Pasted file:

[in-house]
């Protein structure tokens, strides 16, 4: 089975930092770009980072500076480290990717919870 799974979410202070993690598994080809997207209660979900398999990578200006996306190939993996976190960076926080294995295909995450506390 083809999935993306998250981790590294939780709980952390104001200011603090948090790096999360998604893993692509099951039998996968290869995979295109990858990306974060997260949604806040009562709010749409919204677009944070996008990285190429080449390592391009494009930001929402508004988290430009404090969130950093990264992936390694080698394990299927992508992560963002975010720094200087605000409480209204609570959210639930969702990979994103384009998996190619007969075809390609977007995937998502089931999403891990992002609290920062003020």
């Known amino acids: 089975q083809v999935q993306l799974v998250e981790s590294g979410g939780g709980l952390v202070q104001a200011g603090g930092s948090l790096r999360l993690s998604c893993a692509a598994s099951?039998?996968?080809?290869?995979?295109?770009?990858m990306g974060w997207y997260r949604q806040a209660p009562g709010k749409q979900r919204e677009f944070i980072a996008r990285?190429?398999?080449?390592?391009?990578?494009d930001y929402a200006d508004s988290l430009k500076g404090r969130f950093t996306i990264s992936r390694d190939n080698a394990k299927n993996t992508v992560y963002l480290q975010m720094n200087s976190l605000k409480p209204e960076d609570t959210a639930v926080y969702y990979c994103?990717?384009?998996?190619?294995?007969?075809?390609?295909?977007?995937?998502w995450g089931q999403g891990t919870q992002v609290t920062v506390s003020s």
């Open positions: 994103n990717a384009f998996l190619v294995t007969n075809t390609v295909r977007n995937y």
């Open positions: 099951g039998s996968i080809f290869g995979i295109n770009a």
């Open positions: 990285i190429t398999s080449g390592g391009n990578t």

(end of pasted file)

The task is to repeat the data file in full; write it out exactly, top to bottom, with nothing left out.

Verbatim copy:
[in-house]
């Protein structure tokens, strides 16, 4: 089975930092770009980072500076480290990717919870 799974979410202070993690598994080809997207209660979900398999990578200006996306190939993996976190960076926080294995295909995450506390 083809999935993306998250981790590294939780709980952390104001200011603090948090790096999360998604893993692509099951039998996968290869995979295109990858990306974060997260949604806040009562709010749409919204677009944070996008990285190429080449390592391009494009930001929402508004988290430009404090969130950093990264992936390694080698394990299927992508992560963002975010720094200087605000409480209204609570959210639930969702990979994103384009998996190619007969075809390609977007995937998502089931999403891990992002609290920062003020």
């Known amino acids: 089975q083809v999935q993306l799974v998250e981790s590294g979410g939780g709980l952390v202070q104001a200011g603090g930092s948090l790096r999360l993690s998604c893993a692509a598994s099951?039998?996968?080809?290869?995979?295109?770009?990858m990306g974060w997207y997260r949604q806040a209660p009562g709010k749409q979900r919204e677009f944070i980072a996008r990285?190429?398999?080449?390592?391009?990578?494009d930001y929402a200006d508004s988290l430009k500076g404090r969130f950093t996306i990264s992936r390694d190939n080698a394990k299927n993996t992508v992560y963002l480290q975010m720094n200087s976190l605000k409480p209204e960076d609570t959210a639930v926080y969702y990979c994103?990717?384009?998996?190619?294995?007969?075809?390609?295909?977007?995937?998502w995450g089931q999403g891990t919870q992002v609290t920062v506390s003020s």
């Open positions: 994103n990717a384009f998996l190619v294995t007969n075809t390609v295909r977007n995937y």
């Open positions: 099951g039998s996968i080809f290869g995979i295109n770009a």
């Open positions: 990285i190429t398999s080449g390592g391009n990578t």